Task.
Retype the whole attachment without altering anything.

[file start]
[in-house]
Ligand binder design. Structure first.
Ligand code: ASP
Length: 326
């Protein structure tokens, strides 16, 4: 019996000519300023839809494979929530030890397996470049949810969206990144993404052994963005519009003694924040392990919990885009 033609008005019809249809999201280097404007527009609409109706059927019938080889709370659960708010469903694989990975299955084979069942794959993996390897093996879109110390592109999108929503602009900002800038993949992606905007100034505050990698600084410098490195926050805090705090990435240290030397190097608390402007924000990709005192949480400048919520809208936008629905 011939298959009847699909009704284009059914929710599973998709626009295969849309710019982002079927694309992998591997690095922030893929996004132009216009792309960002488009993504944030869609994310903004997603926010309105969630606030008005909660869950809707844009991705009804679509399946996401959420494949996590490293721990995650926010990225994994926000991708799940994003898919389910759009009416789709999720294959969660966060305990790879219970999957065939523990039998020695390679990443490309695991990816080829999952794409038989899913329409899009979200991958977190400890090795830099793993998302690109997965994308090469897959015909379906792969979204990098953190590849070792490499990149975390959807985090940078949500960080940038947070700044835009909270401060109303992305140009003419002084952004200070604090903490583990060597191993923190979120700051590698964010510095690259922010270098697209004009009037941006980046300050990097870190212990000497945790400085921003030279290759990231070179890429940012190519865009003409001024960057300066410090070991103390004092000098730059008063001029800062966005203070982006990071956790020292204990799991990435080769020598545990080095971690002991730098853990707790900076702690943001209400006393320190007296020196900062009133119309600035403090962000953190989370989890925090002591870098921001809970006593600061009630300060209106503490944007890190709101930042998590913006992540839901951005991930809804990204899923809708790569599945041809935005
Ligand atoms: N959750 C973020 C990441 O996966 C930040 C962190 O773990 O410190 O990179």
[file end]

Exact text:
[in-house]
Ligand binder design. Structure first.
Ligand code: ASP
Length: 326
């Protein structure tokens, strides 16, 4: 019996000519300023839809494979929530030890397996470049949810969206990144993404052994963005519009003694924040392990919990885009 033609008005019809249809999201280097404007527009609409109706059927019938080889709370659960708010469903694989990975299955084979069942794959993996390897093996879109110390592109999108929503602009900002800038993949992606905007100034505050990698600084410098490195926050805090705090990435240290030397190097608390402007924000990709005192949480400048919520809208936008629905 011939298959009847699909009704284009059914929710599973998709626009295969849309710019982002079927694309992998591997690095922030893929996004132009216009792309960002488009993504944030869609994310903004997603926010309105969630606030008005909660869950809707844009991705009804679509399946996401959420494949996590490293721990995650926010990225994994926000991708799940994003898919389910759009009416789709999720294959969660966060305990790879219970999957065939523990039998020695390679990443490309695991990816080829999952794409038989899913329409899009979200991958977190400890090795830099793993998302690109997965994308090469897959015909379906792969979204990098953190590849070792490499990149975390959807985090940078949500960080940038947070700044835009909270401060109303992305140009003419002084952004200070604090903490583990060597191993923190979120700051590698964010510095690259922010270098697209004009009037941006980046300050990097870190212990000497945790400085921003030279290759990231070179890429940012190519865009003409001024960057300066410090070991103390004092000098730059008063001029800062966005203070982006990071956790020292204990799991990435080769020598545990080095971690002991730098853990707790900076702690943001209400006393320190007296020196900062009133119309600035403090962000953190989370989890925090002591870098921001809970006593600061009630300060209106503490944007890190709101930042998590913006992540839901951005991930809804990204899923809708790569599945041809935005
Ligand atoms: N959750 C973020 C990441 O996966 C930040 C962190 O773990 O410190 O990179």